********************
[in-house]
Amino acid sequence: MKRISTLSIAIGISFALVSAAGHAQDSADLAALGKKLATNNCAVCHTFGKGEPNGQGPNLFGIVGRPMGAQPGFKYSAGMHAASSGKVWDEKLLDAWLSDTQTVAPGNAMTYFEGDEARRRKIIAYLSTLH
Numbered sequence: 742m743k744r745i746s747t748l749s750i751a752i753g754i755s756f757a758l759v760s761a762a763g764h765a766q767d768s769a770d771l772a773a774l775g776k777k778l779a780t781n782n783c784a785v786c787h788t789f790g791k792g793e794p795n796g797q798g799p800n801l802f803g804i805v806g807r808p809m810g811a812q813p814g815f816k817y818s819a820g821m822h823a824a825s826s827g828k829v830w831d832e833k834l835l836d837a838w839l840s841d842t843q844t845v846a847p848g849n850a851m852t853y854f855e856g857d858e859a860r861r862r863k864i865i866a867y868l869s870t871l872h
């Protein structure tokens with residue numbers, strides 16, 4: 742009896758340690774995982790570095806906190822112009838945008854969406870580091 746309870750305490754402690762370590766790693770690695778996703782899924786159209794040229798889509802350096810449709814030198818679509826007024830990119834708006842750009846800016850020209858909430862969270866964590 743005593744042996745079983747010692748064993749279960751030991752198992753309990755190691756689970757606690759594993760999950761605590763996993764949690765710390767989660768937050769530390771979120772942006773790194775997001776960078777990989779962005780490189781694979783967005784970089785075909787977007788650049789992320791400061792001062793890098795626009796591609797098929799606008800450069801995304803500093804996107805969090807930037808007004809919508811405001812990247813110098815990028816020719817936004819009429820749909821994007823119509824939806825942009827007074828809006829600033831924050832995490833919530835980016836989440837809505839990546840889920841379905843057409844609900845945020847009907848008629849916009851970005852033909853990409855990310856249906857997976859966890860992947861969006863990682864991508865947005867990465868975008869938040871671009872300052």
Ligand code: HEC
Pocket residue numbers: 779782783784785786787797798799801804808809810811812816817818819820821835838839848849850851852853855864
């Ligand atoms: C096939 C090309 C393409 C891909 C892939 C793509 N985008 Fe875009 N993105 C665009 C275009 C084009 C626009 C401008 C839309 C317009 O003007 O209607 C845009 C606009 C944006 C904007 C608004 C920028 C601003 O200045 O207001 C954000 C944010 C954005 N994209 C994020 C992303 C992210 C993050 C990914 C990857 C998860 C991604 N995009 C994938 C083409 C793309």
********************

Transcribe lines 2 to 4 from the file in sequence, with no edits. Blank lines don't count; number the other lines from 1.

Amino acid sequence: MKRISTLSIAIGISFALVSAAGHAQDSADLAALGKKLATNNCAVCHTFGKGEPNGQGPNLFGIVGRPMGAQPGFKYSAGMHAASSGKVWDEKLLDAWLSDTQTVAPGNAMTYFEGDEARRRKIIAYLSTLH
Numbered sequence: 742m743k744r745i746s747t748l749s750i751a752i753g754i755s756f757a758l759v760s761a762a763g764h765a766q767d768s769a770d771l772a773a774l775g776k777k778l779a780t781n782n783c784a785v786c787h788t789f790g791k792g793e794p795n796g797q798g799p800n801l802f803g804i805v806g807r808p809m810g811a812q813p814g815f816k817y818s819a820g821m822h823a824a825s826s827g828k829v830w831d832e833k834l835l836d837a838w839l840s841d842t843q844t845v846a847p848g849n850a851m852t853y854f855e856g857d858e859a860r861r862r863k864i865i866a867y868l869s870t871l872h
């Protein structure tokens with residue numbers, strides 16, 4: 742009896758340690774995982790570095806906190822112009838945008854969406870580091 746309870750305490754402690762370590766790693770690695778996703782899924786159209794040229798889509802350096810449709814030198818679509826007024830990119834708006842750009846800016850020209858909430862969270866964590 743005593744042996745079983747010692748064993749279960751030991752198992753309990755190691756689970757606690759594993760999950761605590763996993764949690765710390767989660768937050769530390771979120772942006773790194775997001776960078777990989779962005780490189781694979783967005784970089785075909787977007788650049789992320791400061792001062793890098795626009796591609797098929799606008800450069801995304803500093804996107805969090807930037808007004809919508811405001812990247813110098815990028816020719817936004819009429820749909821994007823119509824939806825942009827007074828809006829600033831924050832995490833919530835980016836989440837809505839990546840889920841379905843057409844609900845945020847009907848008629849916009851970005852033909853990409855990310856249906857997976859966890860992947861969006863990682864991508865947005867990465868975008869938040871671009872300052």